Skip to main content

Supporting nature in the R&D process: A new perspective on Biomimicry

Series on AI in beekeeping, episode 2


A few weeks ago, I accompanied Muriel, our head of beekeeping at Beefutures, in France throughout the vineyards around Nantes, trying to assist her during the kick-off of the beekeeping season. With three hives at each site, including Onibi watch, and pollen traps, we are biomonitoring several areas south of the Loire, in an area famous for its Muscadet white wine. Following my tireless guide over three intense days, I could observe, learn, and gain hands-on experience. It was also an excellent opportunity to reflect on the links between technological research such as that of Beefutures– in which the biomonitoring project also has a practical testing role– and nature, for which Muriel showed the deepest respect and care. She shared with me her feeling privileged to be able to take care of the bees and follow their rhythms, not having intensive honey production as a priority. But, I wonder, is it possible to maintain this reciprocal relationship with nature even during the research phases in R&D labs? It is true that in Nantes, we always have half a dozen hives in the laboratory garden, behind a large window, but much of the R&D process is done behind screens, or assembling components on worktops. There, the authenticity of such a relationship loses that immediacy so perceptible in my experience in contact with beehives in the French countryside.


I addressed this concern in a recent academic article (that you can find here), where I considered a research and development practice for new technologies called ‘biomimicry’. This is an R&D strategy that states being inspired by natural mechanisms would lead to inherently positive solutions for the natural environment. Its appeal to a ‘Follow nature!’ imperative as an intrinsic value complicates a critique of this strategy, which I have nevertheless considered necessary. I have argued how this line of research can be formulated differently, one that does not reduce nature to a resource of ideas to be extracted for human benefit but can also reverse these relationships. In this view, the characteristics of one species, including humans, can be applied to a technology that benefits another species, including humans. This could compensate, at least in part, for the limitations of natural evolution in keeping pace with climate change, allowing one species to obtain a ‘phenotype’ from another, for instance, when its habitat is changing into that of the mimicked species. This engineering ‘cross-pollination’ is not a bioengineering process but rather consists of natural-technological hybrids that can be applied to more or less controlled contexts – starting from agriculture.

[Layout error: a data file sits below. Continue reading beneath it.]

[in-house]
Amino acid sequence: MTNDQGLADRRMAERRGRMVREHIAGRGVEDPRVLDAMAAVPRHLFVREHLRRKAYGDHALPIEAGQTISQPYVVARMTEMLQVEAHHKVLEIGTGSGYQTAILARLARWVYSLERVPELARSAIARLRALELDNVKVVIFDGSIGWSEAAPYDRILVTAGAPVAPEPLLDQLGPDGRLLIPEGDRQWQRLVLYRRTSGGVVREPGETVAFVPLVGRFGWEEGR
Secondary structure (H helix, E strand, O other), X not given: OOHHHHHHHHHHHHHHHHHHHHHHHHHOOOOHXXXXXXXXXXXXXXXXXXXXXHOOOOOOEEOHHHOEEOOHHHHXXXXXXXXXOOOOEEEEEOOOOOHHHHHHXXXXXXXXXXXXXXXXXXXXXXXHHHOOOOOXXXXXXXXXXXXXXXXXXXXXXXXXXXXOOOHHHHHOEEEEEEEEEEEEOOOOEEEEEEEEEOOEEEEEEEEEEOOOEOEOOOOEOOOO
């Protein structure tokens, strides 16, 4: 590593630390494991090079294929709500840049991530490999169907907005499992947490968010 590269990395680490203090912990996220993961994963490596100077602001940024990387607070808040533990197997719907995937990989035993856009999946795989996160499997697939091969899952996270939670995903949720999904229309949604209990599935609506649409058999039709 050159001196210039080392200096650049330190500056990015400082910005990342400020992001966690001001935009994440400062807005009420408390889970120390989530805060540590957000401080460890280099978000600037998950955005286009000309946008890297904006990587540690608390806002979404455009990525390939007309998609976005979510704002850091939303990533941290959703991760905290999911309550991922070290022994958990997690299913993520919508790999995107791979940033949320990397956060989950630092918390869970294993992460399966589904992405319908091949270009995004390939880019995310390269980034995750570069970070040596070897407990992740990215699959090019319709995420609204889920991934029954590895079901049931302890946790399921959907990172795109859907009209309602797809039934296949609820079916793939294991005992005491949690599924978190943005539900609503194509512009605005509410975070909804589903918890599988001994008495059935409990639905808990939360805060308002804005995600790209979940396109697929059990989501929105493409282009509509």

Indeed, we find this redefinition of biomimicry in certain aspects of Beefutures’ technologies. A clear example is the thermal treatment against varroa, where bee colonies benefit from a mechanism akin to human and other mammalian fever. Another case, equally interesting, is the pioneering use of artificial intelligence, originally imitating human intelligence, in the algorithms that run the robotic hive, thus facilitating honeybees’ adaptation to new environmental circumstances. Beyond these specific technologies, this framework could offer a clear R&D direction according to which following nature may not be enough. We should also support it, especially in the challenging times ahead. Thinking back to this article, therefore, I believe that a balance between the extraction of resources or knowledge from nature and reciprocal support towards it may not be limited to the direct relationship between a well-intentioned beekeeper like Muriel and her bee colonies. A careful redefinition of the desires, concepts, and narratives behind innovation strategies could, in fact, extend this virtuous practice into the R&D laboratory. That could reinforce the examples mentioned above with the aim of a virtuous symbiosis and co-evolution of our technological existence and life in the beehive – since we are both facing the current environmental threats. Or, at least, that should be the challenge.


About the writer: Marco Innocenti is a researcher at Beefutures and a PhD candidate at the Panthéon-Sorbonne University and at the University of Milan, where he is part of “PhilTech – Research Center for the Philosophy of Technology”. He is a Visiting PhD candidate at the Philosophy Group at Wageningen University and Research (NL), among the world leaders in Agricultural and Environmental Sciences.

In his doctoral thesis in Ethics of Technology, he investigates how the possibilities opened up by AI-driven automation in beekeeping redefine the role and concept of ‘nature’ in Responsible Innovation. This reflection aims to indicate guidelines for ethical innovation in AgriTech R&D labs. In this series of articles, he summarizes his research for the interest of experts and enthusiasts in this field.